Danish Pastry Dough

When I made my first danish pastry dough, I really messed it up. I made the dough which turned out awful. Because I make a lot of bread, I left the dough in a warm place for 1 hour. That was my first mistake.

  • Leave the dough to rest in the fridge.

The next step was to flatten the butter out with a rolling pin and place on to 2/3 of the rolled out dough. My next mistake was using softened butter and trying to flatten it with a rolling pin – the butter squidged everywhere and when I put into my dough, it was squirting out the sides of the dough.

  • Now I used cold butter and I slice it instead of belting it. I place the butter on the dough as if doing a jigsaw puzzle.

My third mistake, I wasn’t leaving the dough long enough in the fridge (15 minutes) in between turns and worse still I tried to make my pastries straight away.

  • Leave the dough in the fridge for 1hr between turns. After your 3rd turn leave for at least 8 hrs. I now make my dough early evening and then leave overnight.

Some people say, to save the hassle, buy the dough from the supermarket. I can guarantee, once you have made the dough yourself you will never buy shop bought again.



500g strong white bread flour, plus extra for dusting 
– 10g salt
– 80g caster sugar
– 10g instant yeast
– 2 medium eggs, 1 whole, 1 yolk.
– 90ml cool water
– 125ml tepid full-fat milk
– 250g chilled unsalted butter.
1. Put the flour into the bowl of a mixer fitted with a dough hook. Add the salt and sugar to one side of the bowl and the yeast to the other. Add the eggs, water and milk and mix on a slow speed for 2 minutes, then on a medium speed for 6 minutes.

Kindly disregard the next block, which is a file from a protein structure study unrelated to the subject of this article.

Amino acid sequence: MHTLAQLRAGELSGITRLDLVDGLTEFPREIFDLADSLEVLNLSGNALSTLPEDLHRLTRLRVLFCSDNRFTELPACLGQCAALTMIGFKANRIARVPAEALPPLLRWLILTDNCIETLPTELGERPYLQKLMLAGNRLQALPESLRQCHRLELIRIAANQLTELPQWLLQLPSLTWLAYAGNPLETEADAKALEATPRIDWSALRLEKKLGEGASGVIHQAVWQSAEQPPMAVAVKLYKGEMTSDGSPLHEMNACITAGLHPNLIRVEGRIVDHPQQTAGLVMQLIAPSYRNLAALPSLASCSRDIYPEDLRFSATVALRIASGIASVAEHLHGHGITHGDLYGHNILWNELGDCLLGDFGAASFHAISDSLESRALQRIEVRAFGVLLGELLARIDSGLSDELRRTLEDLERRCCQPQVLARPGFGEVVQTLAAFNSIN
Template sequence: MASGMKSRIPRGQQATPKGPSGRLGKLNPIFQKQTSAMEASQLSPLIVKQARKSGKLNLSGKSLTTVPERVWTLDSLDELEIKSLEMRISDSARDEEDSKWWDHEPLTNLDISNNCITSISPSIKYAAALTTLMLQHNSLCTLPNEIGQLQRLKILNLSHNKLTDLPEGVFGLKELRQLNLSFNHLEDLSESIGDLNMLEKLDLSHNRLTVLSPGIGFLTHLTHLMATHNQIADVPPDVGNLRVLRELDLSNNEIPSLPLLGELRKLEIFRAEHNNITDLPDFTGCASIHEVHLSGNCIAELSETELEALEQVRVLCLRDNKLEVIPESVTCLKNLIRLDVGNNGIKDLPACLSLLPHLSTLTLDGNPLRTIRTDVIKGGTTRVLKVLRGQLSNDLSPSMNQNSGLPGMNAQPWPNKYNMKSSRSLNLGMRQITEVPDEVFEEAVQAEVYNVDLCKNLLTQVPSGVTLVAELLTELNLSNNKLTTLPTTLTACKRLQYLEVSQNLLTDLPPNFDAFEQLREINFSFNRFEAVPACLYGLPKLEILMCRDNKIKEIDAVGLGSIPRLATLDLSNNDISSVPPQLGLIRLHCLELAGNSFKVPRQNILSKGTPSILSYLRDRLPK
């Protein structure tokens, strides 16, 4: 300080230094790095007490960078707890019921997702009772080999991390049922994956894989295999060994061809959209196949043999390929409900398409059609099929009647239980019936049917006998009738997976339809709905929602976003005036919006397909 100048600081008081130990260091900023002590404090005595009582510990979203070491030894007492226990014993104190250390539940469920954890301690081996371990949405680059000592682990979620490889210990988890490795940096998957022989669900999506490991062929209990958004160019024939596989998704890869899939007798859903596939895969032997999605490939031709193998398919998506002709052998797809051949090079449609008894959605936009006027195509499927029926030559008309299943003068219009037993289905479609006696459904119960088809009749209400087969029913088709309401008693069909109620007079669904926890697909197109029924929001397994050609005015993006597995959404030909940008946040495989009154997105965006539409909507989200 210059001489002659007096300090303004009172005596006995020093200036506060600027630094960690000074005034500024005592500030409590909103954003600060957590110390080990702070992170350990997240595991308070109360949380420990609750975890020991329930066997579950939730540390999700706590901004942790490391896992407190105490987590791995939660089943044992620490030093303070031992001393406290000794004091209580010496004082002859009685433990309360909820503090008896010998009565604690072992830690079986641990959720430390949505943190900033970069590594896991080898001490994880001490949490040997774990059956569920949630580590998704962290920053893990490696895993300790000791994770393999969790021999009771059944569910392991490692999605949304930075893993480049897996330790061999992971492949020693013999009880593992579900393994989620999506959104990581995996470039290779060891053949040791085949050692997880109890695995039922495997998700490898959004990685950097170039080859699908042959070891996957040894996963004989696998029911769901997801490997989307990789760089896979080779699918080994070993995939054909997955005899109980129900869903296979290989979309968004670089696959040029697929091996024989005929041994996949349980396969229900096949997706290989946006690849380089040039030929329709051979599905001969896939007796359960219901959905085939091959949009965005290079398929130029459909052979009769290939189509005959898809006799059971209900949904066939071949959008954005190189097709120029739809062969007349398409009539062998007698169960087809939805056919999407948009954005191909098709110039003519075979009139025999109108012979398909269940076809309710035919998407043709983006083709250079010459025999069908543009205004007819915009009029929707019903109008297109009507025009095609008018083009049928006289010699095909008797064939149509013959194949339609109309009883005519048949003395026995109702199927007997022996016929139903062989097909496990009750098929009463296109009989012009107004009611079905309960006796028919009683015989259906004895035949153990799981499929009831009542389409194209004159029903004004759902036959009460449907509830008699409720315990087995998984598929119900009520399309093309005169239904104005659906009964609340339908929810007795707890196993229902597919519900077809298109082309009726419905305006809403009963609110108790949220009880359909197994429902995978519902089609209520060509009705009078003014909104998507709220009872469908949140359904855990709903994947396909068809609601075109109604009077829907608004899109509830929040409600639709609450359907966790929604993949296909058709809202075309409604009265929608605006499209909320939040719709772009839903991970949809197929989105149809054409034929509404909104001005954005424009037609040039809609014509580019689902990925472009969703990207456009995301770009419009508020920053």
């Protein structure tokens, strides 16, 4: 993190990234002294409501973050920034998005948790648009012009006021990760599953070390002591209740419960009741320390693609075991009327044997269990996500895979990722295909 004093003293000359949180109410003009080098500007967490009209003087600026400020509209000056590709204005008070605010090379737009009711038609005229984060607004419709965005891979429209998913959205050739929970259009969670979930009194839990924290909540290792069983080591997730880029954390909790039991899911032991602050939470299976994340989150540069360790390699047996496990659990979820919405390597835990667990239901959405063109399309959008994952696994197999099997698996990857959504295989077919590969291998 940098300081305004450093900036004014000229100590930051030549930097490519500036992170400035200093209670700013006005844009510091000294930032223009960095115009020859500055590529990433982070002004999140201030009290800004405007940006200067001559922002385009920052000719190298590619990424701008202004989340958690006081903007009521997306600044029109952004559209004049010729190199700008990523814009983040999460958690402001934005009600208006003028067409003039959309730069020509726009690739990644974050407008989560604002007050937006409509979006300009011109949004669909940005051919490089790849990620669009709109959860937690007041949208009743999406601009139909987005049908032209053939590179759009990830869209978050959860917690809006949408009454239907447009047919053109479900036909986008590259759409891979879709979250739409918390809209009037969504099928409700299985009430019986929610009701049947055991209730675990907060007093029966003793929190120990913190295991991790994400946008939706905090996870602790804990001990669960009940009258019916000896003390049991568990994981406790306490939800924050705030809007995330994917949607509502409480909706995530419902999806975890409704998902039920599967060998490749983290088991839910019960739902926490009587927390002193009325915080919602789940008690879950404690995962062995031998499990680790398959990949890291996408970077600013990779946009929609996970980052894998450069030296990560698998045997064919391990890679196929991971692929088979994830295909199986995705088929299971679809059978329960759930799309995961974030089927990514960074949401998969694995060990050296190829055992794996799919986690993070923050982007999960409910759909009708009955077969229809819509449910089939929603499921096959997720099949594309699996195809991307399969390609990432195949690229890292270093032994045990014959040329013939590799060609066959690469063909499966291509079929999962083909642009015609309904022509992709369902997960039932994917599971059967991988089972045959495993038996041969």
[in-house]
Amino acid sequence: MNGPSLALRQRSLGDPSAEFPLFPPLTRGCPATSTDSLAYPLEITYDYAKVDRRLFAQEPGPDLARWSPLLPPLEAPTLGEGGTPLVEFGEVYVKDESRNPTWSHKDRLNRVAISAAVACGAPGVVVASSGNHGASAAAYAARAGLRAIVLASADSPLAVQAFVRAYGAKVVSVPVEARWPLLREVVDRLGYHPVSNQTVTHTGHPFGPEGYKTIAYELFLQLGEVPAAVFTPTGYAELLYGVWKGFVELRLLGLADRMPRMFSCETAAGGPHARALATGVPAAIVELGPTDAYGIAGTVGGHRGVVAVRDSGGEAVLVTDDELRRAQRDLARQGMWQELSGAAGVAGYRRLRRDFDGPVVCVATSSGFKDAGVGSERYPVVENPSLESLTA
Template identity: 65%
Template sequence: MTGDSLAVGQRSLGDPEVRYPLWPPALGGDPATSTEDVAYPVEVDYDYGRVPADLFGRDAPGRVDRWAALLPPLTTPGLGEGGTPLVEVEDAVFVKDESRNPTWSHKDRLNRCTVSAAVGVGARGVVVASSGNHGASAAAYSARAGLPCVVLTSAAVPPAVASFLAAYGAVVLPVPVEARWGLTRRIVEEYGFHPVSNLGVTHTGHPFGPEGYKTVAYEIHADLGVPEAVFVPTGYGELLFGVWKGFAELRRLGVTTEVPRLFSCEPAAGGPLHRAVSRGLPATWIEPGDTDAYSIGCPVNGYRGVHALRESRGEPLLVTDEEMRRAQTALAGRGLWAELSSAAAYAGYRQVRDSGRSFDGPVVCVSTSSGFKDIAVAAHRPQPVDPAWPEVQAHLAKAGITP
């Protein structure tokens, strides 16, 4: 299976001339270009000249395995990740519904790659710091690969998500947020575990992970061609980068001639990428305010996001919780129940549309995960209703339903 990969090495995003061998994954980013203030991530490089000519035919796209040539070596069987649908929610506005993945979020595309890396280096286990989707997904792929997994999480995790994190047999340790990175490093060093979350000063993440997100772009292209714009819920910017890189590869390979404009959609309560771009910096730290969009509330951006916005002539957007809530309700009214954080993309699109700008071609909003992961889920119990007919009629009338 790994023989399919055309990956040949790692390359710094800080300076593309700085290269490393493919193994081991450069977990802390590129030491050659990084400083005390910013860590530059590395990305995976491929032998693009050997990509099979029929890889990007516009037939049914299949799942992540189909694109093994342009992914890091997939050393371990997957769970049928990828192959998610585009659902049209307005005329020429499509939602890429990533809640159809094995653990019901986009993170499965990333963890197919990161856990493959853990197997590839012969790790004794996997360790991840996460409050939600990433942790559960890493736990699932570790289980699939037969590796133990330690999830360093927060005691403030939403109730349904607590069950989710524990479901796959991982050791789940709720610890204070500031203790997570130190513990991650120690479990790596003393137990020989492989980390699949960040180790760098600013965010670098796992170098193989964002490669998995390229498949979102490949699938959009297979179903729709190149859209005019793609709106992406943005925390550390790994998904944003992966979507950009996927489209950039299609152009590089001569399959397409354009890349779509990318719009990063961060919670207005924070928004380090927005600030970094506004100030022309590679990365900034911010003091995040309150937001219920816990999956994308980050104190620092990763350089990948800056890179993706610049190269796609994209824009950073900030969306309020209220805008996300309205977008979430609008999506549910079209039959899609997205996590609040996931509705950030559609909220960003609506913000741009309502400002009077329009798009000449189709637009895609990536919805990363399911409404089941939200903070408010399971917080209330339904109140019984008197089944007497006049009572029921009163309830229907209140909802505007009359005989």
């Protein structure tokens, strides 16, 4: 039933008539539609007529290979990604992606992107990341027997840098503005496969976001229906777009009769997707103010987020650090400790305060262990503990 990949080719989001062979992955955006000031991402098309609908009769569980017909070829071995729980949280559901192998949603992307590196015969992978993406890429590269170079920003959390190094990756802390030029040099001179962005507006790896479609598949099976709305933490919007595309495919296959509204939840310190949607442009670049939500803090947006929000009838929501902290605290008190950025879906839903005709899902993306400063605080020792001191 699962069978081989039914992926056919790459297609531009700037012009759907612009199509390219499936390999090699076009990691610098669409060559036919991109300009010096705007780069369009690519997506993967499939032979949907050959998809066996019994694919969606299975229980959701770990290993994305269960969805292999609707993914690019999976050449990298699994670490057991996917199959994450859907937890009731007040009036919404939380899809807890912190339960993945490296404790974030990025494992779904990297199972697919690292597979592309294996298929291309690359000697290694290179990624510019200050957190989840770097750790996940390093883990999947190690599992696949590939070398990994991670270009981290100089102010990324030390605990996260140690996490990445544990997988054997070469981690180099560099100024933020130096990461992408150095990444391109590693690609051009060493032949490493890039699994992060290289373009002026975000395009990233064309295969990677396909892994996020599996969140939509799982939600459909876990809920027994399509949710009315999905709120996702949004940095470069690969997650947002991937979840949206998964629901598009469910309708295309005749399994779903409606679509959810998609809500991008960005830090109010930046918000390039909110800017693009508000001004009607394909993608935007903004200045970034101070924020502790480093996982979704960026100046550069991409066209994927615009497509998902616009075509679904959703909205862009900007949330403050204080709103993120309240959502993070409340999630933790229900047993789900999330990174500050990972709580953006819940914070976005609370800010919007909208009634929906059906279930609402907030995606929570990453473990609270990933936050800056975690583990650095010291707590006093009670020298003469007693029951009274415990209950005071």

2. Tip the flour out onto a lightly floured surface and shape into a ball. Dust with flour, put into a clean plastic bag and chill in the fridge for an hour.
3. On a lightly floured surface, roll out your chilled dough to a rectangle, about 50 x 20cm and about 1cm thick. Slice the butter thinly, lay the butter on the dough so that it covers the bottom two-thirds of it. Make sure that it is positioned neatly and comes almost to the edges.
4. Fold the exposed dough at the top down one-third of the butter. Now gently cut off the exposed bit of butter, without going through the dough, and put it on the top of the dough you have just folded down. Fold the bottom half of the dough up. You will now have a sandwich of two layers of butter and three of dough. Pinch the edges lightly to seal in the butter. Put the dough back in the plastic bag (I use cling film) and chill for an hour to harden butter.
5. Take the dough out of the bag and put it on the lightly floured surface with the short end towards you. Now roll it out to a rectangle, about 50 x 20cm, as before. This time fold up one-third of the dough and then fold the top third down on top. This is called a single turn. Put the dough back in the plastic bag and chill for another hour. Repeat this stage twice more, putting the dough back into the fridge between turns.
6. Your dough now needs to be left in the fridge for 8 hours, or overnight, to rest and rise slightly. It is then ready to use.

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